Can you give me an equation for love? I am deadly serious here. Mathematics is our tool for describing the Universe. But we do not even know if that description is really possible yet. No scientific theory has yet been able to address the question of why I feel like I exist. (They might address why it makes sense for me to act as if I exist, but the feeling is not subject to experiment.) And even if a perfect mathematical description exists, that description is no more our experience of the reality than notes on the page are music.

Fine, an augmented mathematical system then, as explained above, below, well somewhere on this page. I'm a property dualist so physical reality is made up of a mathematical scaffolding holding up residual qualia from our minds. The point is that physical reality is an abstraction. Note that both aspects, physical reality as a mathematical system, and physical reality as holding remnants of qualia, are viciously and brainlessly denied by most scientists.

["physical reality is made up of a mathematical scaffolding holding up residual qualia from our minds"... which episode of StarTrek does this stuff come from?]

Hmmm. I think. A circle doesn't. I have physical reality; a circle doesn't. OK, I don't have a precise definition of 'physical reality', but that doesn't lead me to think that 'physical reality' is part of 'mathematical reality', which would require it to be entirely abstract.

First of all, there is no such thing as (a unique) "mathematical reality" since 'mathematical existence' is not singular. Rather, to each distinct mathematical system there corresponds a distinct type of mathematical existence.

To recap, to each system there corresponds a class of models which satisfy its axioms, and it's within this class of models that you look for objects. If the object occurs within all the models of the class then it exists, if in none then it does not exist, if in some and not others then it is undecidable. So a particular object could exist in one system, not exist in another system, and its existence be undecidable in yet another.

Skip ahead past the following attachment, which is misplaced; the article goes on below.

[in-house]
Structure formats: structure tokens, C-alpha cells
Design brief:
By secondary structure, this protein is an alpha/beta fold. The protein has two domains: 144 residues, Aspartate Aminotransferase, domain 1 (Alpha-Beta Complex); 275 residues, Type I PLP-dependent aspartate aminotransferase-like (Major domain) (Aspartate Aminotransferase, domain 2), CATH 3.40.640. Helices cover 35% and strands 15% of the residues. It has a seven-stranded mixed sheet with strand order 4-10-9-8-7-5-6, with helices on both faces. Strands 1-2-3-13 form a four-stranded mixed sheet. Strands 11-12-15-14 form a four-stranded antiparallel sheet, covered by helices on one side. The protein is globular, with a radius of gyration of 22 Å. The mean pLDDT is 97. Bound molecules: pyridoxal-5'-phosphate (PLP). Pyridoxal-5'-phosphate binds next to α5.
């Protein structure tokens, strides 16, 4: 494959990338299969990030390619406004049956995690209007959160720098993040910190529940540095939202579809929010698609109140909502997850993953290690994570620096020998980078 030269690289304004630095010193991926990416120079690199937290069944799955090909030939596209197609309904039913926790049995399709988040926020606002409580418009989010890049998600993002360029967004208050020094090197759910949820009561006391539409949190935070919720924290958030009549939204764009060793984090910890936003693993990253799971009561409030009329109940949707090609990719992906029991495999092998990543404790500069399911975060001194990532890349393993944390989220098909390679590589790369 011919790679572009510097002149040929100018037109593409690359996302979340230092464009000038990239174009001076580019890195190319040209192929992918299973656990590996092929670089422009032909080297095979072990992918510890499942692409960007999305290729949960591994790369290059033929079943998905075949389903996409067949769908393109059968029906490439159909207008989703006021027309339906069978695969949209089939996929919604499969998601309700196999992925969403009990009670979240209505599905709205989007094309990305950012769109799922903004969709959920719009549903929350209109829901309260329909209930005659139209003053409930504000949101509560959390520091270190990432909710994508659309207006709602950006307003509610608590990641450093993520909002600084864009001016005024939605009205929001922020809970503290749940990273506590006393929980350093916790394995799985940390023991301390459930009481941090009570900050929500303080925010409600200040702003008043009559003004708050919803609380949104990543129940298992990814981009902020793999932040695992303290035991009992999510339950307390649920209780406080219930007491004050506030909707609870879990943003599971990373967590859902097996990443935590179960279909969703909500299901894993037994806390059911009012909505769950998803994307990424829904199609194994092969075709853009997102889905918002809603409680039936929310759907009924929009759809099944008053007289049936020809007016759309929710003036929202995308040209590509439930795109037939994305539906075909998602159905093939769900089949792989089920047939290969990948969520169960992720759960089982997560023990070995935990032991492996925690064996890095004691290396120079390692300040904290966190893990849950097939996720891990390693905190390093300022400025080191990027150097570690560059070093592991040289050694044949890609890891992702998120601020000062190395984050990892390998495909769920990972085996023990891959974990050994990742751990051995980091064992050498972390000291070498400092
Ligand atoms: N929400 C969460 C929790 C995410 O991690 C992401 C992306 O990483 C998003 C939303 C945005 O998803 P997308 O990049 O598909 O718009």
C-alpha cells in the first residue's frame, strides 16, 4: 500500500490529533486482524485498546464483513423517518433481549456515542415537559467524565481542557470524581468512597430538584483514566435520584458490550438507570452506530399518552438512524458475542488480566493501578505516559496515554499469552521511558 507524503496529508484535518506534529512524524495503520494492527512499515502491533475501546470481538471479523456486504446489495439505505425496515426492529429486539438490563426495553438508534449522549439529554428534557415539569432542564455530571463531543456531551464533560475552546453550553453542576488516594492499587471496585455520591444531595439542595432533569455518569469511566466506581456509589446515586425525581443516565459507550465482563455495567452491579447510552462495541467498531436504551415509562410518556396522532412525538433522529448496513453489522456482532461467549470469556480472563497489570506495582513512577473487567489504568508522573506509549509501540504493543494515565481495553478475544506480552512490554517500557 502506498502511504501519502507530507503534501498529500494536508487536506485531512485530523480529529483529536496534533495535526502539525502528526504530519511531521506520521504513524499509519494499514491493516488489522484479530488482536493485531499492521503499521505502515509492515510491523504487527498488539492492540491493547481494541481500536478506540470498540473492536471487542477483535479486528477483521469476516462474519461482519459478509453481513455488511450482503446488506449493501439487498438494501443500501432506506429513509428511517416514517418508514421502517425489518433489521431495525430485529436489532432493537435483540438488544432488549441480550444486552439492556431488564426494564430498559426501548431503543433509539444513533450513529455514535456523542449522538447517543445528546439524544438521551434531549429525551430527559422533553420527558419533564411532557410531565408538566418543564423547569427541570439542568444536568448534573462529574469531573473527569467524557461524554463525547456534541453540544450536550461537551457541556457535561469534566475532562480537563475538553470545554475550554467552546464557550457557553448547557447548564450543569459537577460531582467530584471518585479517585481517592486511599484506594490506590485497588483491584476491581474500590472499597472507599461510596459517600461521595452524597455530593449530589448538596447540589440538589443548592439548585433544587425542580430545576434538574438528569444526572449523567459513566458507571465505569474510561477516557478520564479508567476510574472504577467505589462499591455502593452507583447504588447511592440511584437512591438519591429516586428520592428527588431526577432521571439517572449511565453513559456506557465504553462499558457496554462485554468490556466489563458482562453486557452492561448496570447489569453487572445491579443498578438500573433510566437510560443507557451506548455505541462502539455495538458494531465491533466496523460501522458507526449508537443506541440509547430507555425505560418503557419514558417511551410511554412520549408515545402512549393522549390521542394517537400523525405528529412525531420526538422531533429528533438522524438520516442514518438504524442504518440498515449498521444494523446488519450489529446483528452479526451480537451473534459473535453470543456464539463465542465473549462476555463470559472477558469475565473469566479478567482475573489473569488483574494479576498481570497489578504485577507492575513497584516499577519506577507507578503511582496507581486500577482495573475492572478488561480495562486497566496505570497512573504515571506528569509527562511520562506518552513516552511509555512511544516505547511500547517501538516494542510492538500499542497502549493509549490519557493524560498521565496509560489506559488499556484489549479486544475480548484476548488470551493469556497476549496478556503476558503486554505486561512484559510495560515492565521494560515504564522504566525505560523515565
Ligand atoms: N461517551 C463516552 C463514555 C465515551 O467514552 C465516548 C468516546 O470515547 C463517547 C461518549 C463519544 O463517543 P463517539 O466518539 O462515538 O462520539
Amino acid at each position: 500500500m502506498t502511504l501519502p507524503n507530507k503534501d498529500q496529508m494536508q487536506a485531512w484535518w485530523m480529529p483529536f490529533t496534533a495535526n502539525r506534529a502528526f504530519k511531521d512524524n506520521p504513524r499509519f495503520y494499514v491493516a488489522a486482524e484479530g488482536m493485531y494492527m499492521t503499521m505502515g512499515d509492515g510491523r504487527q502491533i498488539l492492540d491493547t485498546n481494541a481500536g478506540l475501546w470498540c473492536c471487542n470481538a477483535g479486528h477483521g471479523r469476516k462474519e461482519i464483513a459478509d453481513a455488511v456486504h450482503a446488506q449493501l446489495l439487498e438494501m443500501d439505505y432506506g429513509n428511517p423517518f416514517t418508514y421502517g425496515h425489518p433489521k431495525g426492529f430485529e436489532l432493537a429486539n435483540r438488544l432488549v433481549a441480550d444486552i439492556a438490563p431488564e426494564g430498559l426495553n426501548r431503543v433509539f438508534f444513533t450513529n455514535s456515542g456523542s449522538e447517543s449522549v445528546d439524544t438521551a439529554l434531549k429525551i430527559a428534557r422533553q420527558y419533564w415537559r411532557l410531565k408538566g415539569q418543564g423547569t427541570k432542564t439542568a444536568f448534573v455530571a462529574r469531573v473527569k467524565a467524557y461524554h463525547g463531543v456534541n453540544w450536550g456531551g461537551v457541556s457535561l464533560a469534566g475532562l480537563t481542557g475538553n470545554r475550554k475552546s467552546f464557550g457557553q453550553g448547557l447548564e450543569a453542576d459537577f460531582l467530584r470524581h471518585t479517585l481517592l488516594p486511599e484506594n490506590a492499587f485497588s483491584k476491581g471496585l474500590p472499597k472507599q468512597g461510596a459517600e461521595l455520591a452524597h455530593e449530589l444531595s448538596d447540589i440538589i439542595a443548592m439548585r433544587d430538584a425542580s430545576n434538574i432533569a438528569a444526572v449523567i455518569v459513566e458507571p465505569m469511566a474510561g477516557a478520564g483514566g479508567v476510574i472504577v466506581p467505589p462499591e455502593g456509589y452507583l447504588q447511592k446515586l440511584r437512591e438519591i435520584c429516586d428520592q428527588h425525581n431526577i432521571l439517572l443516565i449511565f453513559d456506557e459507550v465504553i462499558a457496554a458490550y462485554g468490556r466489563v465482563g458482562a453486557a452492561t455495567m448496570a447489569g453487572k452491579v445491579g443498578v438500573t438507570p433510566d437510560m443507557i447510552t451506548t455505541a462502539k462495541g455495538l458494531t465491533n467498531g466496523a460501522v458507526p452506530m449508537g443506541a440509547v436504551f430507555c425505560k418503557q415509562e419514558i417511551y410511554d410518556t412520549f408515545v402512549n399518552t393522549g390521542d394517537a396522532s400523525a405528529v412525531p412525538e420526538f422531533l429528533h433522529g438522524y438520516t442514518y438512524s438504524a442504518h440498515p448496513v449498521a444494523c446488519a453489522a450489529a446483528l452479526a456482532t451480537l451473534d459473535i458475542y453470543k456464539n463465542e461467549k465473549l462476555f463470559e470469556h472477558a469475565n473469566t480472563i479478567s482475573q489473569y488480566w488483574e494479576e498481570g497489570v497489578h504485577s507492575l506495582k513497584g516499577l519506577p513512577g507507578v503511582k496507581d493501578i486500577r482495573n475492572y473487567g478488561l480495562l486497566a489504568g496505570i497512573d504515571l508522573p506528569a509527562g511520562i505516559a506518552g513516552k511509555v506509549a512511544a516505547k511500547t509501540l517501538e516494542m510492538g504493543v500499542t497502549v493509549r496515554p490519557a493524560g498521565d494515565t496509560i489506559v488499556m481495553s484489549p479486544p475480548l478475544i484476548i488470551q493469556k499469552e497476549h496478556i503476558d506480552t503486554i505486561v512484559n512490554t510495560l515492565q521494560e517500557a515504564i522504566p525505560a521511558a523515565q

If you understand this, then the BB(n) result only says that for each consistent axiom system that is small enough, there exist models in which BB(10**9) is a non-standard integer.

What I don't understand is how "non-standard integer" isn't a contradiction in terms.

IOW, there are many different types of mathematical existence, and circles have certain types of mathematical existence (exist in some systems) but not others. Having one type of mathematical existence in no way interferes with an object having another type of mathematical existence (excepting that the respective systems may be related in some way) so there is no a priori reason why an object's having mathematical existence could not also have physical existence.

Secondly, physical reality is abstract. But the way you said it implies that it is a bad thing to be so. Why is that? And how would you go about showing that physical reality is not entirely abstract?